This DBQ uses WWII-era WPA posters to examine how art can be used to influence public opinion. Key questions guide student through a close reading of the works.

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Classroom Tech: When Less is More


In this 18 minute podcast I share idea for fusing technology into instructional design. You think about the instructional goals that you want to achieve, and then from there, you say, okay, so what kind of tools are out there. The big question is what’s the least amount of technology you could use to get the job done?

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Perspectives on the US Immigration Debate: 1920s DBQ


This DBQ assignment is meant for students to view the issue of immigration through various primary sources based on the perceptions of different individuals and groups from the 1920s. As you look over them, consider the various perceptions of immigration throughout the 1920s. What was the reasoning and motivations behind these differing beliefs? How did different groups or individuals view immigrants and immigration? What did these same individuals and groups believe should be done with immigrants? How are their arguments similar and different?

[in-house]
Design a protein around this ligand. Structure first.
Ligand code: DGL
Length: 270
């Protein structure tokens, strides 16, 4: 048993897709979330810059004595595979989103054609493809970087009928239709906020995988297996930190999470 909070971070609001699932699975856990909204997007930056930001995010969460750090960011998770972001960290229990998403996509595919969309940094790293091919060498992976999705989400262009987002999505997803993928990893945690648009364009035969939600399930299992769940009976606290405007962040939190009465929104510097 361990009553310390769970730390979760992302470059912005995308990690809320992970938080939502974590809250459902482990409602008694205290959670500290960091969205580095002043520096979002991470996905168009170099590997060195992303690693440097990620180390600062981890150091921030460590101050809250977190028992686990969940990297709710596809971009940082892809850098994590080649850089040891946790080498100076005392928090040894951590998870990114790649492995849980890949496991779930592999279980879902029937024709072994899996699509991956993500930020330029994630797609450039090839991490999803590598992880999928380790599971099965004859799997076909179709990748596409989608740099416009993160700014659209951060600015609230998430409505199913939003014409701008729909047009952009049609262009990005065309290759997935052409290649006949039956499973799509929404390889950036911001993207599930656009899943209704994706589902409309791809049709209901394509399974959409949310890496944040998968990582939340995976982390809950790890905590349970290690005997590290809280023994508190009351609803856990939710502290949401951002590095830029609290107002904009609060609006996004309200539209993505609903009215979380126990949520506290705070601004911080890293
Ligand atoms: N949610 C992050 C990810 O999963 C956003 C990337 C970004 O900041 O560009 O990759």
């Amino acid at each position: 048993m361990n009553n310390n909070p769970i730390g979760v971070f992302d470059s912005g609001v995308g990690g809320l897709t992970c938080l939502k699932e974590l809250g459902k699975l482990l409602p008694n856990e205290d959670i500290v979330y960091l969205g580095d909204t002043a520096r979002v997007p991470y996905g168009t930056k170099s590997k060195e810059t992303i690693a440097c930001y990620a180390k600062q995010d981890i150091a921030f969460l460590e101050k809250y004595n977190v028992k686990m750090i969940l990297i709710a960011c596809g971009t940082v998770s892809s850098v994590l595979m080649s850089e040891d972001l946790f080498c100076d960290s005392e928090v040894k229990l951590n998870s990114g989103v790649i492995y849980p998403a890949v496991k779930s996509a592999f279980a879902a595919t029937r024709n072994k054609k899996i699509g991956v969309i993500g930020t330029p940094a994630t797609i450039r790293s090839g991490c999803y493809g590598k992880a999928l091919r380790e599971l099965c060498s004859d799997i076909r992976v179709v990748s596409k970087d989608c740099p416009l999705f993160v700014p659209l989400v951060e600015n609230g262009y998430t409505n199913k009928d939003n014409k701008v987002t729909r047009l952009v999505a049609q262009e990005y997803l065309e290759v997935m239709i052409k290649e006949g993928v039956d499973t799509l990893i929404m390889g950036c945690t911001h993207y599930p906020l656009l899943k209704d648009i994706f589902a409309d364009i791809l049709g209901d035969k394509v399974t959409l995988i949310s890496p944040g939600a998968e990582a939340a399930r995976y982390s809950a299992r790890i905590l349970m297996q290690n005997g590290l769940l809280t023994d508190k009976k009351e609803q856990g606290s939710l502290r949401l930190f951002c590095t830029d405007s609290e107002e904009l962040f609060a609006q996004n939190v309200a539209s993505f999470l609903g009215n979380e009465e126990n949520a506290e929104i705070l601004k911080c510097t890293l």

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Little Rock Nine: Evaluating Historical Sources


This chapter examines the historic setting of the Little Rock Nine though a variety of documents. They include news photographs of the events, governor’s proclamation, historic essays, Presidential speech, TV news reports and video reflections by participants. Your task is to examine the context of these documents and decide which are most helpful to your understanding of the conflict.

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WWI and Chemical Warfare: Shaping World Opinion


Students examine images, text and ephemera from WWI to develop an answer to the question: How did the experience of WWI shape international opinion of chemical weapons?

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Letters From Egypt: Anzacs Train for Gallipoli

Anzac troops - featured

Students explore the attitudes of the Anzacs towards the local population of Egypt where they trained prior to the landing at Gallipoli. Race hate is a reoccurring theme in wars and this DBQ gives students another avenue in which to explore it.

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The Pig War: Constructing Historic Narrative


Here’s a chapter from my latest student-designed iBook “Exploring History: Vol II.” The Pig War by Andy Saxton – s tudents are given historic documents related to the US / British Border Dispute of 1859 (the Pig War) and asked to reconstruct a historic narrative.